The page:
One thing that you can say about San Diego's Comic-Con International is that it provides plenty of unique opportunities to meet with your favorite creators, and definitely a lot of pricey pieces of merchandise to remember those occasions. This time, though, IDW Publishing may have topped it with their new "Artifact Edition" of Watchmen, the classic 1986 story by Alan Moore and Dave Gibbons. Similar to the publisher's line of Artist's Editions, the 12" x 17" hardcover, published in cooperation with DC Comics, will feature over 100 story pages from Watchmen, reprinted from the original artwork at full size, with numerous extras. An extremely limited run of 25 copies is being produced specifically for Comic-Con.
This SDCC-exclusive limited edition Artifact Edition will be sold for $500, or roughly the cost of fifteen complete runs of Punisher 2099.
Of course, while $500 is a pretty serious chunk of change (one and a half PlayStation 4s or one eighth of a foam replica of the Batcave's giant penny for your house, minus shipping), it's actually not a bad deal, mainly because the offer also includes dinner.
Image Comics' Humble Bundle offer, which ended about two weeks ago, was a notable success with tens of thousands of readers naming their price for contemporary comics. Top Shelf Productions is part of the site's newest book offer, which will benefit Doctors Without Borders and the Comic Book Legal Defense Fund.
Buyers can snag three Top Shelf books through the site: March Book One by John Lewis, Andrew Aydin and Nate Powell; From Hell by Alan Moore and Eddie Campbell and Ed Piskor's Wizzywig.
True Detective creator Nic Pizzolatto has claimed that Alan Moore Moore and Grant Morrison were the first writers to excite him about the possibilities of storytelling.
With everyone looking to solve the many remaining mysteries of True Detective, it’s tempting to ask: are comic books the key? Pizzolatto’s spectacular Moore crib aside, I’d go with with a big no. Ain’t nothing going to settle the debate around Carcosa let alone Marty Hart’s hot dating skills, but comics do represent a largely unexplored and appropriately strange route into the show. So without further ado here’s our by no means exhaustive guide to True Detective and weird comic books.
SPOILER WARNING: The following contains major spoilers for True Detective, Top 10, From Hell and some of The Invisibles.
With the massive success of Gorillaz, the animated band he co-created with Blur frontman Damon Albarn, Tank Girl co-creator Jamie Hewlett arguably has one of the most identifiable art styles of any comics artist in the world.
Which is likely why the British Library in London has tapped him to to illustrate a huge banner for its new exhibit, "Comics Unmasked: Art and Anarchy in the UK," which kicks off May 2. Check out the piece used for the banner, which features a brass-knuckle wearing superheroine leaning against an alley wall, and another piece (which Hewlett is calling his second panel) after the jump.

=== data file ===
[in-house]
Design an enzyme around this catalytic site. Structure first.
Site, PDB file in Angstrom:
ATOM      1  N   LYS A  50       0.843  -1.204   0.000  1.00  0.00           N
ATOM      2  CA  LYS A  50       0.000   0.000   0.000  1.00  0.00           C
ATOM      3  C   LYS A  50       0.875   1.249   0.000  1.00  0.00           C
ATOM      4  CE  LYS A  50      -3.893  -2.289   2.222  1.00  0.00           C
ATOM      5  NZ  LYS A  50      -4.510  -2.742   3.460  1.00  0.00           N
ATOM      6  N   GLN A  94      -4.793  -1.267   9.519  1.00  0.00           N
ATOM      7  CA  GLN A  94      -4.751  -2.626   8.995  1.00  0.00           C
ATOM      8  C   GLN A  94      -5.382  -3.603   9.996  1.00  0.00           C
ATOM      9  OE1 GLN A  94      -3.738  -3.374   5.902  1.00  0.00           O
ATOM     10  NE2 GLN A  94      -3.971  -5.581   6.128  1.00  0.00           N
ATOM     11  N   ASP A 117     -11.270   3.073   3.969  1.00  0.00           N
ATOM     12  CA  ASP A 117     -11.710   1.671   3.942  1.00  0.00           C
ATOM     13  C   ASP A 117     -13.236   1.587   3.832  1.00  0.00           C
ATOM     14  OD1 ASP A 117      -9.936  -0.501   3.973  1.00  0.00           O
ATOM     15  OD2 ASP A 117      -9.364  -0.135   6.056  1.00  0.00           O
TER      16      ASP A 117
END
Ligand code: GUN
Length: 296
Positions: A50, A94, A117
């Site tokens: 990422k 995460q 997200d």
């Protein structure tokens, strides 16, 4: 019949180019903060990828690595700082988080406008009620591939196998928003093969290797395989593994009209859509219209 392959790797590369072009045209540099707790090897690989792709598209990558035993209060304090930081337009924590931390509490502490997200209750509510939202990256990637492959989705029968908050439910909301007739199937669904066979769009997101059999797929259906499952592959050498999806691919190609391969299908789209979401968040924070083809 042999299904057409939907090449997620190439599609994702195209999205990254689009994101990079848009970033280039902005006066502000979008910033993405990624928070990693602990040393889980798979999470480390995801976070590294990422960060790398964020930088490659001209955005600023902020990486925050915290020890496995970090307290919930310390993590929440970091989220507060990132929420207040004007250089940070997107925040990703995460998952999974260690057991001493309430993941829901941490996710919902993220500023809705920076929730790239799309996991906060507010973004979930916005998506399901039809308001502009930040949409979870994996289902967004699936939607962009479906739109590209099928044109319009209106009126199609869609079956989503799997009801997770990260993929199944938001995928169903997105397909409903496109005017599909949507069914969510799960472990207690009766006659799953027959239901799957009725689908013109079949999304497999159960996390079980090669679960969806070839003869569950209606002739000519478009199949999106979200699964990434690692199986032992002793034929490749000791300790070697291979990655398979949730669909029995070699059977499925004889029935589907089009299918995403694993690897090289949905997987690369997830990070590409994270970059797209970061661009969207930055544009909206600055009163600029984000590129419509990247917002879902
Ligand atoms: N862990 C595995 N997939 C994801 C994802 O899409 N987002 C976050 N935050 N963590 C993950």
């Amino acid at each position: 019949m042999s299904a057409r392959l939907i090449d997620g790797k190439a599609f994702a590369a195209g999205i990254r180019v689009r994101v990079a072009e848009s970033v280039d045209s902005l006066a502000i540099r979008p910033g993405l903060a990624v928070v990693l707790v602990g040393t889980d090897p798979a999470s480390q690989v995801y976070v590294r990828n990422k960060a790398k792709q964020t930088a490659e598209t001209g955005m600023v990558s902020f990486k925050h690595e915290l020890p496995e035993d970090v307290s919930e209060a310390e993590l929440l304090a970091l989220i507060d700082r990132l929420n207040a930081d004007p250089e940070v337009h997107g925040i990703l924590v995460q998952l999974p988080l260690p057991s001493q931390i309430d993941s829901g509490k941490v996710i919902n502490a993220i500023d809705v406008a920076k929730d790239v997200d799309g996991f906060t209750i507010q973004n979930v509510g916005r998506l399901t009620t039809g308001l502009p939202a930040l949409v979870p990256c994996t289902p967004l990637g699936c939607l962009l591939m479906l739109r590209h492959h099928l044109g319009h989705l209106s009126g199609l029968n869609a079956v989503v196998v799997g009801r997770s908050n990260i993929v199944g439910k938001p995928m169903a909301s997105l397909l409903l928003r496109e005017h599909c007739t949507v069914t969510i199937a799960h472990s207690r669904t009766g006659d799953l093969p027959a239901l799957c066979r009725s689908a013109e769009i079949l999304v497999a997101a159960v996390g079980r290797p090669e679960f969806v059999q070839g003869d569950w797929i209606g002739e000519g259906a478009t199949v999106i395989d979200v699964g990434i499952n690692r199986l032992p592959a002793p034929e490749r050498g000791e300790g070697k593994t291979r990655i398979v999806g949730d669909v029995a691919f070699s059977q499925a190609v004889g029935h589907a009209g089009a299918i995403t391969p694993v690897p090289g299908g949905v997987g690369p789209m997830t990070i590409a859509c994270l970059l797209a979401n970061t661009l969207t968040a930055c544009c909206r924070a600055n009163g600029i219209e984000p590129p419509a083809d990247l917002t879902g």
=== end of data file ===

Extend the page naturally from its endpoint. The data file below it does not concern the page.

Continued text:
Good news for fans of public domain "science heroes" -- and as weird as that description might sound, I'm definitely one of them. This week, the first adventures of Tom Strange and his crew of two-fisted crimefighters has been collected with the release of Terra Obscura: S.M.A.S.H. Of Two Worlds! Alan Moore, Peter Hogan and Yanick Paquette tell the story of a group of heroes resurrected after decades in suspended animation as they're pit against the villains who run the world in their absence, and it's as good an adventure story as you're likely to find.
To celebrate, we're taking a look behind the scenes at some of Paquette's sketches, along with a rundown of the series. Check it out below!
Alan Moore and Kevin O'Neill's 2013 follow-up to their League of Extraordinary Gentlemen: Century series was a bit of a left turn for the series. Nemo: Heart of Ice was a spinoff featuring the new Captain Nemo traveling in the antarctic.
Top Shelf announced today that the team is continuing the spinoff series with a new world-spanning adventure for Janni Dakkar, this time in 1941 Germany (of sorts). The book, titled Nemo: The Roses of Berlin, will be out in March, and is available for pre-order now.
Though the response from readers was overwhelmingly positive, last weekend's announcement that Marvel will republish Neil Gaiman and Mark Buckingham's scarcely available work on Miracleman, as well as allow the writer and artist to finally finish their long-incomplete story, led very naturally to one question: what about the Miracleman work of Alan Moore, which is similarly unavailable?
Fortunately, a press release sent out today by Marvel states quite clearly that the publisher will reprint the entire long lost Miracleman run of the 1980s, starting with the work of Moore. The confusion as to whether or not the Moore material would be included stems from the fact that Marvel has not mentioned the writer's name in any press.
Last week it was announced that NBC is developing a new TV series based on the DC Comics character John Constantine, best known as the star of Vertigo perennial Hellblazer. The television project is helmed by writer/executive producers Daniel Cerone and David S. Goyer. It's a potentially exciting prospect, but it appears that Constantine's creators may only see a piece of the pie if the show actually goes to broadcast - and the identity of the creators of record who may benefit is somewhat unclear.
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